A Gospel of Living

A Black woman smiles, as she is surrounded by a ring of monarch butterflies.

If I say, Follow your yearnings, that seems cliché, but it isn’t. It is a sermon, though maybe a bit crude. And it has a particularly potent meaning for us. Because at the core of American racism is the belief that the things we the Blacks desire, the fact that we the Blacks desire, are perversions, either because we get too big for our britches or because our britches are too styled and tattered at once.

Desire is such a beautiful and mysterious thing. It is dangerous too. It coils around the world as it is. We are often driven by what we are told is the source of our loneliness, our feelings of inadequacy, our suffering. And the desire that grows can become a terrible distortion of the truth, a misunderstanding of our needs. We are also, however, driven by a yearning to be seen and understood. Sometimes that yearning is so strong we allow ourselves to be eaten up by it, by those who would exploit it. But at other times, the good times, it is what makes us leave here having done something of value.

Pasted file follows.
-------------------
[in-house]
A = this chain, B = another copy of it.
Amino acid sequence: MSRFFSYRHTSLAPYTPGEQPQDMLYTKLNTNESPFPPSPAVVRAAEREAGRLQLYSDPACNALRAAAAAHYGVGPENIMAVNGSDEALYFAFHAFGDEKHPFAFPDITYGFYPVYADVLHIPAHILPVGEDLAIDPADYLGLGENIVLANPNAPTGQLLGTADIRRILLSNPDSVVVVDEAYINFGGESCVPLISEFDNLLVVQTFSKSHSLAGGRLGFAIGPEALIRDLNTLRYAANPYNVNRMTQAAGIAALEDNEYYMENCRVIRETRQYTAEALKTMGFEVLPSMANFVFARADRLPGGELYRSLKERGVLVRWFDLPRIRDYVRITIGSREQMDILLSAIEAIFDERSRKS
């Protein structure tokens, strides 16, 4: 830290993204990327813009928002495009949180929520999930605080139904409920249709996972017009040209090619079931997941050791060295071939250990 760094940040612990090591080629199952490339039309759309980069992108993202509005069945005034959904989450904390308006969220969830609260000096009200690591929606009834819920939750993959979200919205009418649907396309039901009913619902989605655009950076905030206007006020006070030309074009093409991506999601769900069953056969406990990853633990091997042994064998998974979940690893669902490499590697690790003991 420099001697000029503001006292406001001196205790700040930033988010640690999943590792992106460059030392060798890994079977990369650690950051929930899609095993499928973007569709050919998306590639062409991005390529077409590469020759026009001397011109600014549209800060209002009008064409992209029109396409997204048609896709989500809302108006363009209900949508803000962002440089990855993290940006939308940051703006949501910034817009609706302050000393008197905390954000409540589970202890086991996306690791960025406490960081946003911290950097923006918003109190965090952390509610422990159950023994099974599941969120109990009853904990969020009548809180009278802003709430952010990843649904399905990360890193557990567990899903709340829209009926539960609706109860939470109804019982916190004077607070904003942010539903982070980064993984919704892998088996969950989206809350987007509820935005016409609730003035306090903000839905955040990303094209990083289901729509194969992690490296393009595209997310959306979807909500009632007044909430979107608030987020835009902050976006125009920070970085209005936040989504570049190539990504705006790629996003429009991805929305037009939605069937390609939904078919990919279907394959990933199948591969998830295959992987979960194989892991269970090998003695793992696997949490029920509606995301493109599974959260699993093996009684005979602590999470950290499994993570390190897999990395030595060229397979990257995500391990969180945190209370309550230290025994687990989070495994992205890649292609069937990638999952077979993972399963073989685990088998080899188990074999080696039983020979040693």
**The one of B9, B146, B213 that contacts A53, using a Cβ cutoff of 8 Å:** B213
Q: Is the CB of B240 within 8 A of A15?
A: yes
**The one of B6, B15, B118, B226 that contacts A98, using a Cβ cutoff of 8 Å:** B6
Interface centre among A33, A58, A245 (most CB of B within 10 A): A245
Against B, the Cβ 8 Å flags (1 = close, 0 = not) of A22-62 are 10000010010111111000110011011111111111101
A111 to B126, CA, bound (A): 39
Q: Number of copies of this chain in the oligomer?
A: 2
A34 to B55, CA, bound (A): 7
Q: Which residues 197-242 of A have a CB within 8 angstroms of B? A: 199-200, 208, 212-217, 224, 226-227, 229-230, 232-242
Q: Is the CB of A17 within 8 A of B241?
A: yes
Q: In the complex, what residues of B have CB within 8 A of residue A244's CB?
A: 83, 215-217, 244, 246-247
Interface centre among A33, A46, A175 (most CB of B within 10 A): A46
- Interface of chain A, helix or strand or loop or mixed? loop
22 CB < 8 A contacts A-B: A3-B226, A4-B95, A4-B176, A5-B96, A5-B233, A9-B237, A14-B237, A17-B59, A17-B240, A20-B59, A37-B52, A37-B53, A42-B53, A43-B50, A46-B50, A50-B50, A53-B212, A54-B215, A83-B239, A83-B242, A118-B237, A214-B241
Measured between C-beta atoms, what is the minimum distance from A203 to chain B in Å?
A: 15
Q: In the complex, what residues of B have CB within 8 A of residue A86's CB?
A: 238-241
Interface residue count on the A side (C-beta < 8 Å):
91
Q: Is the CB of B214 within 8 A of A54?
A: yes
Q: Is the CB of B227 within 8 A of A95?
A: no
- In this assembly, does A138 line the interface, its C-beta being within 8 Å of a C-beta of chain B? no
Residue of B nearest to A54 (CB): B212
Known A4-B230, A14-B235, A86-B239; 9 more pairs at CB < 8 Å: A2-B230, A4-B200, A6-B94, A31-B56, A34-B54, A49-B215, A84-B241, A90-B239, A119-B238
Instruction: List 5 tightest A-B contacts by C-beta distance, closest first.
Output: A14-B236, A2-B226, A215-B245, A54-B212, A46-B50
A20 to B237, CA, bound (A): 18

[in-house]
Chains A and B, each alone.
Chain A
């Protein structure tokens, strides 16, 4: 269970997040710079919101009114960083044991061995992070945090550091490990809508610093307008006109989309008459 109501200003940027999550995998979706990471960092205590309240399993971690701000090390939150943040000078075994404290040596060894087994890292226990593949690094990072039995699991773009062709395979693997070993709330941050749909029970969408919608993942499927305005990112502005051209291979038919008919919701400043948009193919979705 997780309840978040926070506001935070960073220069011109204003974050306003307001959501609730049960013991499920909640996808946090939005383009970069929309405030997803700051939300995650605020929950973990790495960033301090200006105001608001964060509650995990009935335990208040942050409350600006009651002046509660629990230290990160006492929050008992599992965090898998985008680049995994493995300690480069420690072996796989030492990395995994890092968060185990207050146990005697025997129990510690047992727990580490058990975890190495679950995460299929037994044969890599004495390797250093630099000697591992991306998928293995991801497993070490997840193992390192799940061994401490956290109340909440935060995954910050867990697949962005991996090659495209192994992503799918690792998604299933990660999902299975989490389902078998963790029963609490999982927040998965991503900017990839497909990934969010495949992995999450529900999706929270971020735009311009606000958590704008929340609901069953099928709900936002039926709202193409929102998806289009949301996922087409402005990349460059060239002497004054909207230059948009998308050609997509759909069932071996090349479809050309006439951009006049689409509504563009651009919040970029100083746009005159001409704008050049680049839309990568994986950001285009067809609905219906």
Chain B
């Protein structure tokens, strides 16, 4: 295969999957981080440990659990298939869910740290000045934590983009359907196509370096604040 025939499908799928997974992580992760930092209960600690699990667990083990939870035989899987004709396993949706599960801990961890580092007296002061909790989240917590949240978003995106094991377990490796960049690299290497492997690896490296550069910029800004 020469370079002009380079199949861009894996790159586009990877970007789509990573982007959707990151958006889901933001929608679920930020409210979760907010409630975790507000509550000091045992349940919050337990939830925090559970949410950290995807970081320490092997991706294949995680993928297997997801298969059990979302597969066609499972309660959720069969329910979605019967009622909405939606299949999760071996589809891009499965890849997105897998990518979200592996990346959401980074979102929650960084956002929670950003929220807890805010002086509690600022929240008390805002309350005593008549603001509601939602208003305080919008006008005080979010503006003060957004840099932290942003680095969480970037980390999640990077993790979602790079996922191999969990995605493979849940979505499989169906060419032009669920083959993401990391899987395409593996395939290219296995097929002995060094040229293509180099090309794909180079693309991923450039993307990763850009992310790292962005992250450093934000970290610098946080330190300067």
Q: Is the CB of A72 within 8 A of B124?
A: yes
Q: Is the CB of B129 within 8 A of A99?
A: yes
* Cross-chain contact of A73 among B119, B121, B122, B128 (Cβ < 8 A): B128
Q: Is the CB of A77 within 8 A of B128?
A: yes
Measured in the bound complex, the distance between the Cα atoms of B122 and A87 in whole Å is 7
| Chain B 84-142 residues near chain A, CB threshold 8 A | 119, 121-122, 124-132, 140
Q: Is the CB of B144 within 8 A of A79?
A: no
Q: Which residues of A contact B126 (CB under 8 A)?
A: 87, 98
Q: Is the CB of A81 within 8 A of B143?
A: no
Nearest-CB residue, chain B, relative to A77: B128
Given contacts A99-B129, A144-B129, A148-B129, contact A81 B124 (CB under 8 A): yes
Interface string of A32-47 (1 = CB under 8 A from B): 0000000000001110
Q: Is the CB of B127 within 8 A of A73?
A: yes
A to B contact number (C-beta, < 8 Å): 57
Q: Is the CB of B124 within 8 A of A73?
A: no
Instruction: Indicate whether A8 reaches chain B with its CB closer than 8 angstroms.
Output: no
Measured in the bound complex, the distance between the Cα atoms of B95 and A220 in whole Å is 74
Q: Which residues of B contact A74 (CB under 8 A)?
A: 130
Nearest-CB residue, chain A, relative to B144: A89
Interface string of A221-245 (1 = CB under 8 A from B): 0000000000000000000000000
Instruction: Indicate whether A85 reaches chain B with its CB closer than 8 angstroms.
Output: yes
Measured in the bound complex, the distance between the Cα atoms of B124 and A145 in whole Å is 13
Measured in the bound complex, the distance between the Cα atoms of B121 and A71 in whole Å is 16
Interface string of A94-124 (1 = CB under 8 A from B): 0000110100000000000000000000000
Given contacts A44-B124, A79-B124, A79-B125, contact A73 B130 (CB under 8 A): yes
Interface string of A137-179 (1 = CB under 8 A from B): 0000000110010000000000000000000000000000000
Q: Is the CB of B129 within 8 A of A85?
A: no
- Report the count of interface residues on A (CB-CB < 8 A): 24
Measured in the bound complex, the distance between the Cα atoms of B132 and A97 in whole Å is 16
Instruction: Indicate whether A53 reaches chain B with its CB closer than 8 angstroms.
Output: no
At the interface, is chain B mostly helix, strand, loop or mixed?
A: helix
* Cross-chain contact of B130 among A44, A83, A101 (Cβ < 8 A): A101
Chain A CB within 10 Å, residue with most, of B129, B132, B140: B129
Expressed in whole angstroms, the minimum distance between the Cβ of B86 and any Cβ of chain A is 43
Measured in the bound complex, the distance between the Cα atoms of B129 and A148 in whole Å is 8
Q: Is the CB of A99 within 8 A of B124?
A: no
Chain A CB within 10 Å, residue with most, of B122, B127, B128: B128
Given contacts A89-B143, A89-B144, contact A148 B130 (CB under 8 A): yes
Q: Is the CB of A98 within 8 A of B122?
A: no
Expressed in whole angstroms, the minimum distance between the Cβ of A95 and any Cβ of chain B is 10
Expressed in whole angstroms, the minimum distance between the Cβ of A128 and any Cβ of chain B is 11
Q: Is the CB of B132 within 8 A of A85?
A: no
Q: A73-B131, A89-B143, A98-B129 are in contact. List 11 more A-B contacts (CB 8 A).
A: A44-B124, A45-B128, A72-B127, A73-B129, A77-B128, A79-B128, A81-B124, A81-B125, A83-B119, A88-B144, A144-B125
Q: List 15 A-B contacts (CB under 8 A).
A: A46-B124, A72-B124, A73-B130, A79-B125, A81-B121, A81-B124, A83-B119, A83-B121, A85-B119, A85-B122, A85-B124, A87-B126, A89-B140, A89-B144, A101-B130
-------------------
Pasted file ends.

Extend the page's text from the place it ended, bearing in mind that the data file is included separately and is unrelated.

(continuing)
Take the time to strip yourself down to the core, to the simplest of joys. What if you dream your life but remove all money moves, all contingent material fantasies? And just fill it with connection, grace, and rituals? How would it be? What would it look like? That isn’t an ascetic's dream so much as it is a gospel of living in the along. It is a ritual of reorientation, a steadying, a sense of grace. It might not be enough, but it is something. And the fact is, if you get desire right, you will probably get love right too.

from Breathe: A Letter to My Sons (pp. 146-147)